Local members of the state legislature spoke Thursday to a packed house gathered at Tchefuncta Country Club for what was supposed to be a legislative “wrap-up luncheon” staged by the West St. Tammany Chamber of Commerce.
But with the budget for Fiscal Year 2018-19 yet to be approved, the luncheon was more of a chance for six area legislators, all Republicans, to offer their ideas on compromises and to throw a few darts at Democratic Gov. John Bel Edwards. But the overriding message was to pledge to constituents that they’d do what they could to get a budget hammered out before July 1.
The state faces a reported $650 million shortfall if $1 billion in temporary taxes are allowed to expire on June 30, so there was gravity in legislators’ words on Thursday.
“What I’ve heard consistently for the past 48 hours since I’ve been home is ‘Why can’t you guys just fix the problem?,’” said District 1 state Sen. Sharon Hewitt, Slidell. "The short answer is there are too many people riding in the wagon and not enough people pulling the wagon. We have a governor who is great at creating a short-term crisis ... but he’s not really offering any solutions other than raising your taxes.
“We’ve heard from the governor that we’re kicking grandma to the curb at the nursing homes and closing hospitals and closing universities,” Hewitt said. “A few years ago, we even heard we would eliminate LSU football. Those things aren’t going to happen."
She laid the problems at the feet of the governor's office.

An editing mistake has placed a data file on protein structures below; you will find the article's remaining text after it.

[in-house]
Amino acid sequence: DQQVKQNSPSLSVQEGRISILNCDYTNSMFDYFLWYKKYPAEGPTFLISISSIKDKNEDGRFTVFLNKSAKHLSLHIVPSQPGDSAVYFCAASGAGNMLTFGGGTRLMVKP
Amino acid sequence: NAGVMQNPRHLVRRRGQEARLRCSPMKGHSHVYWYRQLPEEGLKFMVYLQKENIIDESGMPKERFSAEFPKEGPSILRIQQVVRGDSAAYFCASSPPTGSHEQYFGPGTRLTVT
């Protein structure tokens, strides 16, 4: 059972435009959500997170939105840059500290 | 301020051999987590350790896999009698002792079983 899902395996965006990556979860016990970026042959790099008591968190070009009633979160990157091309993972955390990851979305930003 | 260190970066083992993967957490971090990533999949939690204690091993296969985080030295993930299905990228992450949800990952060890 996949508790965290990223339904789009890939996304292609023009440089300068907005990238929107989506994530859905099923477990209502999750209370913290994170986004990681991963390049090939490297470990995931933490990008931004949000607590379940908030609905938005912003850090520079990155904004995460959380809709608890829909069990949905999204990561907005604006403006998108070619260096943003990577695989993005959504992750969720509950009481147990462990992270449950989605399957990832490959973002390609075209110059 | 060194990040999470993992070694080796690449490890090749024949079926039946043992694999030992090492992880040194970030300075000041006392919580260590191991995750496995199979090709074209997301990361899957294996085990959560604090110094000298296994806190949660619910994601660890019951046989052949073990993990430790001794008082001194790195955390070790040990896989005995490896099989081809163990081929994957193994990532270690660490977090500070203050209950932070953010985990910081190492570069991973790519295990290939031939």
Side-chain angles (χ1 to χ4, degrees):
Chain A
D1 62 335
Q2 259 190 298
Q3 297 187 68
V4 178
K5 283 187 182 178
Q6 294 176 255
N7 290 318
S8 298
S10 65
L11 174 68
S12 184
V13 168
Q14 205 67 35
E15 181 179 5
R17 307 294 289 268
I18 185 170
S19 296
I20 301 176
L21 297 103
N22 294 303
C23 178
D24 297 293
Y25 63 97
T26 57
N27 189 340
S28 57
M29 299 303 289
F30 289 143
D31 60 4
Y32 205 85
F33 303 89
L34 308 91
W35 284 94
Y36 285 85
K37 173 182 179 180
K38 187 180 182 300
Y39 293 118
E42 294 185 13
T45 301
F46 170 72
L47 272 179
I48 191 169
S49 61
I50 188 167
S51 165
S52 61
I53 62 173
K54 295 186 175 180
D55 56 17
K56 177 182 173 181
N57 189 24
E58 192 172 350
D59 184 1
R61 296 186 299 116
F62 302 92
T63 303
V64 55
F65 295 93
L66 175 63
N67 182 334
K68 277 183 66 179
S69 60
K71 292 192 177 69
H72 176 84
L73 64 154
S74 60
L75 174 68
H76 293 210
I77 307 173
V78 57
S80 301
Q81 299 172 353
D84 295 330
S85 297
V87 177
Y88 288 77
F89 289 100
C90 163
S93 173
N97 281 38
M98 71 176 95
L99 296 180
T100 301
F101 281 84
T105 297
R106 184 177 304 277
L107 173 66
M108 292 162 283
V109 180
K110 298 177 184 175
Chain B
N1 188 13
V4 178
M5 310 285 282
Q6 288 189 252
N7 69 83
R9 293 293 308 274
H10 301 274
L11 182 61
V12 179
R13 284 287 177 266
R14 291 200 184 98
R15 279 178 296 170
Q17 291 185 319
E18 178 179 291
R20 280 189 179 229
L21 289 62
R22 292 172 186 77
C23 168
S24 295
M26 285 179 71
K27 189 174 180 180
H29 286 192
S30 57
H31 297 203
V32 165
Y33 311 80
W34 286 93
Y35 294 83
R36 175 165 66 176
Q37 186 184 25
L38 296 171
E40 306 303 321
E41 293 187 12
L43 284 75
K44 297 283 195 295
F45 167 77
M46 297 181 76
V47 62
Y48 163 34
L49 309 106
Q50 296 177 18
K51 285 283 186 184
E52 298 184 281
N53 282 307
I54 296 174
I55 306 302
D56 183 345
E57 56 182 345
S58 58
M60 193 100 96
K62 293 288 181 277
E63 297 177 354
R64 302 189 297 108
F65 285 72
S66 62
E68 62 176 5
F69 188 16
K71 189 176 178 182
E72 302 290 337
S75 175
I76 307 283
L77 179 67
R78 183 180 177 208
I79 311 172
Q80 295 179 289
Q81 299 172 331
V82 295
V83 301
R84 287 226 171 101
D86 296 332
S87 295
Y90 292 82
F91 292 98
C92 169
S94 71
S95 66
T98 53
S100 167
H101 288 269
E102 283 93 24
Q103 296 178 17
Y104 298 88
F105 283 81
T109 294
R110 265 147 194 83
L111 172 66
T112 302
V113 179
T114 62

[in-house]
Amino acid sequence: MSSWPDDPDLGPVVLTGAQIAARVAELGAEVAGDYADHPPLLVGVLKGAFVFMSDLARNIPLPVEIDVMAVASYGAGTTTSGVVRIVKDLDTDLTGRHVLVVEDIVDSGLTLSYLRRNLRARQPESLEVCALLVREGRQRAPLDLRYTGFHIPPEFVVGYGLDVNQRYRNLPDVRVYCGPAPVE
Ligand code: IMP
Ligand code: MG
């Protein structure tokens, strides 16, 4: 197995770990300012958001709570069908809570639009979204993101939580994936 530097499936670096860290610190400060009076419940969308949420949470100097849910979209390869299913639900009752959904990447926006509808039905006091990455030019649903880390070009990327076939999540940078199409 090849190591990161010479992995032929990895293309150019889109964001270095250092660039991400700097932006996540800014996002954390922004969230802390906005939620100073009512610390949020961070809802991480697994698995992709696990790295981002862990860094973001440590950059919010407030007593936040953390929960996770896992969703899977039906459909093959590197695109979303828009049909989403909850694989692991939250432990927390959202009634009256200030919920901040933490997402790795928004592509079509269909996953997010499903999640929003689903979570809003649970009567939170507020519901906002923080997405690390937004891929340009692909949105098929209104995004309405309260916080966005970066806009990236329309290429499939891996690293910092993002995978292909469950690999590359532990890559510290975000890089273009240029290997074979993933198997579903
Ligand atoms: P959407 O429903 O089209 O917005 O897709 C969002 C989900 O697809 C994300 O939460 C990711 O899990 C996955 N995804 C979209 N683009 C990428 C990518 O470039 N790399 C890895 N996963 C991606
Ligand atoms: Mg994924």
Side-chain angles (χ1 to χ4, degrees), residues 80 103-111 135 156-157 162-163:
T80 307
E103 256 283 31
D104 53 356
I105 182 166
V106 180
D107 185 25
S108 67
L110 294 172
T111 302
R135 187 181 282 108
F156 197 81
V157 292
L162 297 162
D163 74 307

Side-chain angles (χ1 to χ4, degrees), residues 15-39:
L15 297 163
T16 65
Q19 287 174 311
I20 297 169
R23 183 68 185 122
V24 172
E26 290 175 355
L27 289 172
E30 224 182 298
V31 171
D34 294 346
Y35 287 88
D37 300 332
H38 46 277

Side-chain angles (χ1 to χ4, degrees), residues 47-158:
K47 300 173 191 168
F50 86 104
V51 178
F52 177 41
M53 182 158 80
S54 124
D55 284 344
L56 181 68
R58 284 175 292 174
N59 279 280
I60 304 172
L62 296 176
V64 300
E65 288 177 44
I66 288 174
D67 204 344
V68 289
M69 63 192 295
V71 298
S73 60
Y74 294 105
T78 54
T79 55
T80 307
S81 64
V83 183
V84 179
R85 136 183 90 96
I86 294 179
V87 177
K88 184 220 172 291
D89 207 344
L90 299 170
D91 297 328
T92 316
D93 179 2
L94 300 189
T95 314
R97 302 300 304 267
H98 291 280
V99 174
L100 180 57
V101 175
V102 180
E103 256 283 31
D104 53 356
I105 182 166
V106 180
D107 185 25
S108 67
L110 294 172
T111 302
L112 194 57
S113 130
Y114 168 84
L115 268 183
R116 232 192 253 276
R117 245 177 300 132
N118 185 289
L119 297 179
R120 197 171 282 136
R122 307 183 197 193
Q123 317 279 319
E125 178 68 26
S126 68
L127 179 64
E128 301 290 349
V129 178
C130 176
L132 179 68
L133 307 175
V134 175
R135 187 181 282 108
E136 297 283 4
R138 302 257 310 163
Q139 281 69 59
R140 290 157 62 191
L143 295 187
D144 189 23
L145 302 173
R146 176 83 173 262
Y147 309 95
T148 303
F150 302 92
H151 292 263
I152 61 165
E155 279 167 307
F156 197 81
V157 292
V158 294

“Two years ago, we all promised to do fiscal reform for the state of Louisiana," she added, "and all we’ve really seen from the governor’s office are broken promises.”
That was a sentiment shared by the five other legislators who attended the luncheon: District 11 Sen. Jack Donahue, Mandeville; District 12 Sen. Beth Mizell, Bogalusa; District 74 Rep. Scott Simon, Abita Springs; District 77 Rep. Mark Wright, Covington; and District 89 Rep. Reid Falconer, Madisonville.
Hewitt said Edwards is asking for nearly $1 billion more in budgetary spending than previous Gov. Bobby Jindal had in his last budget. That’s too big a jump, and any cuts are coming from the wrong areas, legislators said on Thursday.
“We have to find some sort of compromise with this governor,” Donahue said. “I don’t think we can give him everything he’s asking for. I think the statistics show he wants (an extra) $650 (million in expenditures). I think the state should be able to cut about $150 million of that. Some say we can get it to $450 (million.)”
Donahue said he’s fought for 11 years in Baton Rouge to introduce legislation to make government operate more efficiently. He said it’s been a nearly impossible battle.
“It’s very frustrating to me that we keep dropping the ball,” he said.
Wright is new to the Legislature, having been elected to the District 77 seat late last year. He said he’s seen “three camps” in Baton Rouge, with three very different views on how government should operate.
“You have some who say ‘I don’t want to raise taxes anymore,’” Wright said. “There’s another camp that says ‘I don’t want to do this. I don’t want to give you more revenue. I’ll compromise and give you some, but I need you to cut a little bit.’ Then there’s a portion of (legislators) who want it all.
“My position from the start, and I’ve expressed it to the governor, his chief of staff and to our party, is that essentially, we said a couple years ago we were going to fix this problem. And we haven’t. At some point, we have to stop the temporary (tax) steps.”
Falconer said the fact that discussion like that is taking place is proof that the Legislature is independent of gubernatorial control.
“Democracy is designed to be a rough and tumble process,” he said. “We have people from completely disparate points of view coming together at the Legislature ... trying to achieve a majority.
“I think what we’re seeing, the frustration of the people, is that state government is evolving. ... I’m very proud of the job that’s being done given the incredibly contentious environment that we work under.”